Which I think is intriguing. Because I think that maybe judging somebody too harshly for being racist, or sexist, can end up being classist.

When it comes to public health or crime we understand the range of extenuating circumstances in play. Your postcode, how educated your parents are, how much they earn, whether they are living together, what school you go to, your race: these affect your life expectancy or the likelihood that you’ll be incarcerated, in all sorts of unfortunate yet unequivocal ways. Public health experts talk about the social causes of ill health and the need to improve social infrastructure, housing, or economic circumstances in order to reduce smoking or diabetes rates. Perhaps the same approach is suitable for thinking about how to create a more compassionate society?

Being financially well-off, I can’t understand what it might feel like to be living from week to week, dreading the thought of how a sick child or broken car could ruin everything. I can’t understand being too busy, or simply too absorbed in other things, to not know or care who the Prime Minister is, or what Minister Scott Morrison is doing to boat people this week. It’s not my experience, but I can begin to understand how in such a situation one might feel ignored, vulnerable, mistreated, and it might become more important to maintain familiar institutions and to have another group of people towards whom I could feel superior.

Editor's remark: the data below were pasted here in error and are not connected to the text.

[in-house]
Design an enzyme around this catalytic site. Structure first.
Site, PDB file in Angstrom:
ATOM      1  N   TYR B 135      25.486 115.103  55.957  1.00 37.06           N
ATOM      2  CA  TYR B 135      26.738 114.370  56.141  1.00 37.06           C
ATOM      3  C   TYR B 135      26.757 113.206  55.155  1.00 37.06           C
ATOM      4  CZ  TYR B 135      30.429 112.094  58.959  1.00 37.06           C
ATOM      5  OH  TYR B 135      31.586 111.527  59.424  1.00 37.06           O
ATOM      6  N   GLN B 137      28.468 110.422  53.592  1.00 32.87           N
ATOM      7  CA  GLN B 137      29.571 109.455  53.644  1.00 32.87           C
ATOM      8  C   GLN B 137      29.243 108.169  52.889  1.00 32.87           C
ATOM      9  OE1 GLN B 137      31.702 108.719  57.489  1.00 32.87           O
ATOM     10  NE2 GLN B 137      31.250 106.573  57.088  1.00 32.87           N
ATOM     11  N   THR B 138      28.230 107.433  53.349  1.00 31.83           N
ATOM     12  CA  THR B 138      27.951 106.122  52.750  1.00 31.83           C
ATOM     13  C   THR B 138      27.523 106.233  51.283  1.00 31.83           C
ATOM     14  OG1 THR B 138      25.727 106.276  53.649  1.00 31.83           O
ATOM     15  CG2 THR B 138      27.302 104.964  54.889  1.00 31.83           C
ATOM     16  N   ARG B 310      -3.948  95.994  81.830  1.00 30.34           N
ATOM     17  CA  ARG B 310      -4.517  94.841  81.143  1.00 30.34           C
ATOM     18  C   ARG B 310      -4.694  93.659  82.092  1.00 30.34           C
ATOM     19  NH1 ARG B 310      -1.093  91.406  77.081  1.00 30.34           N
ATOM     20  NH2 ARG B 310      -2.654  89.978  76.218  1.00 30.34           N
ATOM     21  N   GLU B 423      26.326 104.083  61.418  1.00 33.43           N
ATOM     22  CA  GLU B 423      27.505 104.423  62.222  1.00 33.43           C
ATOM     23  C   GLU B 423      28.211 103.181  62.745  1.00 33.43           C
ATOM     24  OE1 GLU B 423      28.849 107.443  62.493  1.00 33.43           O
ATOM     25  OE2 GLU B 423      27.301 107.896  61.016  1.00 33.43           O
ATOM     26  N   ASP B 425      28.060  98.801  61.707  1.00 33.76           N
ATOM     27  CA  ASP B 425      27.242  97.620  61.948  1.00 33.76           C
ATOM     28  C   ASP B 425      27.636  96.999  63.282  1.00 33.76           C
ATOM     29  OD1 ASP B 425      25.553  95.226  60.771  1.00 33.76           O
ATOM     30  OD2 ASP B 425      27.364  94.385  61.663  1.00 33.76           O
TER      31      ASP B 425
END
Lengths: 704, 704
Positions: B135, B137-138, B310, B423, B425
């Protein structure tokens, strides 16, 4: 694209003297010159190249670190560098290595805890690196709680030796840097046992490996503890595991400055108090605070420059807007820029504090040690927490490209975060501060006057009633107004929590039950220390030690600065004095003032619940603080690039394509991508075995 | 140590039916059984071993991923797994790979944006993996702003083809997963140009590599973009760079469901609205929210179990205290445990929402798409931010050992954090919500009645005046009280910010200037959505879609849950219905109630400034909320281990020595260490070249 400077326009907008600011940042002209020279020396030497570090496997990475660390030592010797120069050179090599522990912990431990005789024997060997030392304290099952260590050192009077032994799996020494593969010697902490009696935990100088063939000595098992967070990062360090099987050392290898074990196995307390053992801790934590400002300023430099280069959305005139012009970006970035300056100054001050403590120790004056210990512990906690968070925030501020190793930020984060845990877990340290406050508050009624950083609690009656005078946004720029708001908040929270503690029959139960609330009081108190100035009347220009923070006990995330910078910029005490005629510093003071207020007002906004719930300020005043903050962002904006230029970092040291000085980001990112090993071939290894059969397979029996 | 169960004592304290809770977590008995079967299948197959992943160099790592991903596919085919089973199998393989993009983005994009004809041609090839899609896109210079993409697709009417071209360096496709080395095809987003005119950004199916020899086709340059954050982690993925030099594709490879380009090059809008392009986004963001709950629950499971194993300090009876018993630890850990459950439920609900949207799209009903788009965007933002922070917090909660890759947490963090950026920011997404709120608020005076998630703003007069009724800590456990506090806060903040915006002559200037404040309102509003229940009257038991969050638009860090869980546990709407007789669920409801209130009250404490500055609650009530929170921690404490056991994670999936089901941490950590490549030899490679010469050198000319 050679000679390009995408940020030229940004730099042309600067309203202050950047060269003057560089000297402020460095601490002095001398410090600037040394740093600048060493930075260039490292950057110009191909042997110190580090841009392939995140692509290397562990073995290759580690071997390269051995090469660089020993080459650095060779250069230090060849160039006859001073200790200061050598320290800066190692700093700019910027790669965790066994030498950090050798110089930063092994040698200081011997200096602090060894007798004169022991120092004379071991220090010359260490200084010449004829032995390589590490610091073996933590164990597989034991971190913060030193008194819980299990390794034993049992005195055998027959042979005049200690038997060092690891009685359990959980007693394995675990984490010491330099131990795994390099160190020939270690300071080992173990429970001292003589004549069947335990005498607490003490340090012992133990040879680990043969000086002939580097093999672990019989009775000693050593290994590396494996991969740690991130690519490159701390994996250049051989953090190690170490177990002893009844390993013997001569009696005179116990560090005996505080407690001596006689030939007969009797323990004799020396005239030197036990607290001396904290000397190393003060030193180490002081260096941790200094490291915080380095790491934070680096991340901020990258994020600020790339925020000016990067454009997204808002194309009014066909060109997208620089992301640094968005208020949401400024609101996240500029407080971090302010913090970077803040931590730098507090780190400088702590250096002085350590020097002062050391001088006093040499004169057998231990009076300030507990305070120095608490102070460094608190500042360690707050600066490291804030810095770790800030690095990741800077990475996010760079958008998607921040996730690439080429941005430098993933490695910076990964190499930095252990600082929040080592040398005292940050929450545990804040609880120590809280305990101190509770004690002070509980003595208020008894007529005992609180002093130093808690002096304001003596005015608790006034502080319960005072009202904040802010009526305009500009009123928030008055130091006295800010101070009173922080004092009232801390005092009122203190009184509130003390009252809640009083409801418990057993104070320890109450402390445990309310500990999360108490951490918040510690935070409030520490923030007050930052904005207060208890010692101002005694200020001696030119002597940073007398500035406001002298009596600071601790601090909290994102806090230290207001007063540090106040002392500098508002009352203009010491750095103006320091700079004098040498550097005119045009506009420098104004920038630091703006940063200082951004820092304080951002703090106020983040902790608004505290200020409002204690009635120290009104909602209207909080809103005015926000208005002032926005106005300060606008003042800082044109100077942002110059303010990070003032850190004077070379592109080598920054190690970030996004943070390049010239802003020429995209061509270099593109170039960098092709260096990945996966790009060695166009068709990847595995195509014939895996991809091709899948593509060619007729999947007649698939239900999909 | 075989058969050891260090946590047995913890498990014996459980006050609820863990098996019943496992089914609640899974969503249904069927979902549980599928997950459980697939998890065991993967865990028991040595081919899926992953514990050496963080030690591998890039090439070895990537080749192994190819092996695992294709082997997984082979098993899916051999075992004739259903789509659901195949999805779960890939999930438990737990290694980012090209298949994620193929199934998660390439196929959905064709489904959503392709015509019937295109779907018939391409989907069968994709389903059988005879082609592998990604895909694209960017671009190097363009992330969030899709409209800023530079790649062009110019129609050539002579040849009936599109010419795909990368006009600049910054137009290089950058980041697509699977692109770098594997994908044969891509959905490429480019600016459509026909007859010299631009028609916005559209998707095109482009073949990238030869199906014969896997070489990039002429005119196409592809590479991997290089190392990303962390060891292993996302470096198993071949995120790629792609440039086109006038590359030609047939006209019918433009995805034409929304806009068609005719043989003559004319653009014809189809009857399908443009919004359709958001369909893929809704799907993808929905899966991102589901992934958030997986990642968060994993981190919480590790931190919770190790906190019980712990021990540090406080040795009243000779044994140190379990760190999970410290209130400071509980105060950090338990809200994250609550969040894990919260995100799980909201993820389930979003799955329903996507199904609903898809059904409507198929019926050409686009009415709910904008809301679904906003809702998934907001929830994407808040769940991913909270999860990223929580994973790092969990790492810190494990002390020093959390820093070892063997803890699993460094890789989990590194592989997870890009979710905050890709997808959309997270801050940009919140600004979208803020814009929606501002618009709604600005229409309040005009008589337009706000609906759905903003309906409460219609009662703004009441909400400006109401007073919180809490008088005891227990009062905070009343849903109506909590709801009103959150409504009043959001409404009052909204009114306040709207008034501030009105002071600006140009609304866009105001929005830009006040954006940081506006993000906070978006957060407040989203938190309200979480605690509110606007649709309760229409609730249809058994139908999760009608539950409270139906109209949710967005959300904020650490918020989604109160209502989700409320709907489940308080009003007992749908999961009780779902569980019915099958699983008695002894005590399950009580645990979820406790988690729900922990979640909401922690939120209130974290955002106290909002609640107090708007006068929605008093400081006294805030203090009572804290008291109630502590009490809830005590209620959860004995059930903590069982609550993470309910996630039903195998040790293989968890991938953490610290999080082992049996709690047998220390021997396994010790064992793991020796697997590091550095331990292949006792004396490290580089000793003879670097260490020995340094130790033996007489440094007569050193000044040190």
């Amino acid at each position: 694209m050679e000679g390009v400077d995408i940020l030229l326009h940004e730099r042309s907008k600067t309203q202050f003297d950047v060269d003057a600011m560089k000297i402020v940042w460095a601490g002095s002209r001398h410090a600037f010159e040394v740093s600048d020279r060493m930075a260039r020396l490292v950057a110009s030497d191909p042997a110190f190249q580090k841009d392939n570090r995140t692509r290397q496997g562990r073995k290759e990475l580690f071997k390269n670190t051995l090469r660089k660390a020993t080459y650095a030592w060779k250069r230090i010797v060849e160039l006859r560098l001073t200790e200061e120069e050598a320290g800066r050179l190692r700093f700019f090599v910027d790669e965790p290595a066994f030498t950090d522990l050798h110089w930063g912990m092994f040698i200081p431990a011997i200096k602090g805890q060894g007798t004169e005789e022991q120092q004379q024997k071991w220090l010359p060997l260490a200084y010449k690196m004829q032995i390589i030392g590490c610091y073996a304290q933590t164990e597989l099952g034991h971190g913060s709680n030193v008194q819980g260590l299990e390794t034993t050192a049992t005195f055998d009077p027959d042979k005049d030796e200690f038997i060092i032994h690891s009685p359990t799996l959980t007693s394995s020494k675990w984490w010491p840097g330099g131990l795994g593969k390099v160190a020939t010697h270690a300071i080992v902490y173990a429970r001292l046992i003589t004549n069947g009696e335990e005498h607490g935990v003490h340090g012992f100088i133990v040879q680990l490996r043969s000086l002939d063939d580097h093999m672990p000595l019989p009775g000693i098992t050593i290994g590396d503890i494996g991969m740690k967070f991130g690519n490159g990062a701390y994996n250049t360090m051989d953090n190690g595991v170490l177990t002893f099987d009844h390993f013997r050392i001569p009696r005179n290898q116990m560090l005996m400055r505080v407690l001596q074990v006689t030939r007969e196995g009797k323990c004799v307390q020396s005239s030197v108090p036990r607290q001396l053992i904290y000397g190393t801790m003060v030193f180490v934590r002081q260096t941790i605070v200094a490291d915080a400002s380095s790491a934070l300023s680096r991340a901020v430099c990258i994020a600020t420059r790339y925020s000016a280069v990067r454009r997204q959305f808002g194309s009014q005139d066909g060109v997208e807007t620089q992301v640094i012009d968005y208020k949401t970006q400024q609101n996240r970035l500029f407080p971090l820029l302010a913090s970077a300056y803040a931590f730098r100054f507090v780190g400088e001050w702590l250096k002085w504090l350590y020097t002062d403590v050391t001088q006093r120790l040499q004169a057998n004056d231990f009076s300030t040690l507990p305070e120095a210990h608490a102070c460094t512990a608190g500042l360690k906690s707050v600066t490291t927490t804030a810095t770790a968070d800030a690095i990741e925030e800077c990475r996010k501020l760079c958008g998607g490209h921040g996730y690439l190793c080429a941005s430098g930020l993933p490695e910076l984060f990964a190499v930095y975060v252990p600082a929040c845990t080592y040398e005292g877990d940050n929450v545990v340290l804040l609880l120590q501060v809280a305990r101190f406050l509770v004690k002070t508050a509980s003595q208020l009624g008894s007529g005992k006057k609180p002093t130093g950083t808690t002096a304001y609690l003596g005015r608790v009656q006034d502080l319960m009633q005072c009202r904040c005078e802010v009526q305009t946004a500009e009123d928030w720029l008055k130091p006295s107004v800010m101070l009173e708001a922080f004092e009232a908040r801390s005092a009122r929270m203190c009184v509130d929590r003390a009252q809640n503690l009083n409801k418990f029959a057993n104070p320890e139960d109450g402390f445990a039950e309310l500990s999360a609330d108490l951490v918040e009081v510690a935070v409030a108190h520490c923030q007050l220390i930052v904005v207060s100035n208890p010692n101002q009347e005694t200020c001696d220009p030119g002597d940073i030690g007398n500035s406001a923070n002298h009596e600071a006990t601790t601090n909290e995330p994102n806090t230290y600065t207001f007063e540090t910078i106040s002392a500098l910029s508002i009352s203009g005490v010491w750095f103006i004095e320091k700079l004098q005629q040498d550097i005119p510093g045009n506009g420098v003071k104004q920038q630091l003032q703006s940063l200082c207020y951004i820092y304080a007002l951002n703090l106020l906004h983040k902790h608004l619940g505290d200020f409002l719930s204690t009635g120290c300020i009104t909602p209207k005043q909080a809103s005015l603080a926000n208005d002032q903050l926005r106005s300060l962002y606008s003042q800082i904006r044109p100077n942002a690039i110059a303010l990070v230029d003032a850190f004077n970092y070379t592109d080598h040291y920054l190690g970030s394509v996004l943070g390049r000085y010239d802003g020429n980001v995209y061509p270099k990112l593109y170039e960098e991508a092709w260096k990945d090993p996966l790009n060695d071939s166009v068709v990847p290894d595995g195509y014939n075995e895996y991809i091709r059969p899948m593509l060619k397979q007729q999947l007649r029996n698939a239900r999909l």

And I think if you acknowledge the class structure in our society, it doesn’t make any sense to talk about this as if “self-confessed racist” Raquel Moore is a ‘redneck’ or a ‘bogan’ because she thinks Tony Abbott should stop the boats. I think it makes more sense to think about whose interests are served in this situation and to realise that their interests are served as much by middle-class scorn of Raquel as they are by her own small-mindedness. (A point made much more capably over here.)

a graph showing how household income affects both views on refugee seekers and whether people care at all